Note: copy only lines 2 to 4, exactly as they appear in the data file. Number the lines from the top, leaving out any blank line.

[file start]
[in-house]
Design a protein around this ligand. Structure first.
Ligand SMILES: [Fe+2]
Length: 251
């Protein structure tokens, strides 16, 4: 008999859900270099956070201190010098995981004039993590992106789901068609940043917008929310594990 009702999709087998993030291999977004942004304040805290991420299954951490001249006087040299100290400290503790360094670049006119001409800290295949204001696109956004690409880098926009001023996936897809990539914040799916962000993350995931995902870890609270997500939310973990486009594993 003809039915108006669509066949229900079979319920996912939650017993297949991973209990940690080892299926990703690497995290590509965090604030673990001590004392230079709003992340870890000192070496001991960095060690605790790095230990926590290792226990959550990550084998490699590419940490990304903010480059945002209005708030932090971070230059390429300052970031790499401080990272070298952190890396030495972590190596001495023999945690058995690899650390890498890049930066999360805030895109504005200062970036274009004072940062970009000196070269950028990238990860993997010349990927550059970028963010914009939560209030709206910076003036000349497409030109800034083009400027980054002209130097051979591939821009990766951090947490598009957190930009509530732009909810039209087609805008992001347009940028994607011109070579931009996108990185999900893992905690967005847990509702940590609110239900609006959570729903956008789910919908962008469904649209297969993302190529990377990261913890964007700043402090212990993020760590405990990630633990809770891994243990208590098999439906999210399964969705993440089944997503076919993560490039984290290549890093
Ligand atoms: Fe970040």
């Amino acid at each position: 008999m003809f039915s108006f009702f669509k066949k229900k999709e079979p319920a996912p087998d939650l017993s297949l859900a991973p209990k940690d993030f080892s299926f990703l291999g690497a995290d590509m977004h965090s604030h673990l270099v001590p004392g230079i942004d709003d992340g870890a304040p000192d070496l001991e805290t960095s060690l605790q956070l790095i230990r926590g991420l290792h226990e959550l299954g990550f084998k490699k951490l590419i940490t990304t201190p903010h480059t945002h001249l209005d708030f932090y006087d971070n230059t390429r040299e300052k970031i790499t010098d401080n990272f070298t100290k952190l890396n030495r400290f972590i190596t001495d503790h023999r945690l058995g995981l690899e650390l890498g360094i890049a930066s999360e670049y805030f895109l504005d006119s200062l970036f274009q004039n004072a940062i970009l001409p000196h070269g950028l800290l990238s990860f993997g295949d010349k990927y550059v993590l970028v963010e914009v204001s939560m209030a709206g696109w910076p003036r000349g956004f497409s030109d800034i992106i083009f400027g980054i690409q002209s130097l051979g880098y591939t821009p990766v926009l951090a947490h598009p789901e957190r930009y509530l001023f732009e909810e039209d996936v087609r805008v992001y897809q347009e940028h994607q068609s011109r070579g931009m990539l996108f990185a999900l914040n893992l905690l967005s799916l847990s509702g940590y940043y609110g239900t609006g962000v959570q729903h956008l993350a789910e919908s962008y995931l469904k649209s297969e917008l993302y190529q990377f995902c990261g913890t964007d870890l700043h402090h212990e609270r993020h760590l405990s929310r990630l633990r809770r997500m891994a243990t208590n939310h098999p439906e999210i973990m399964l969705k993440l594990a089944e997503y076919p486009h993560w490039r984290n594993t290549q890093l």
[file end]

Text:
Design a protein around this ligand. Structure first.
Ligand SMILES: [Fe+2]
Length: 251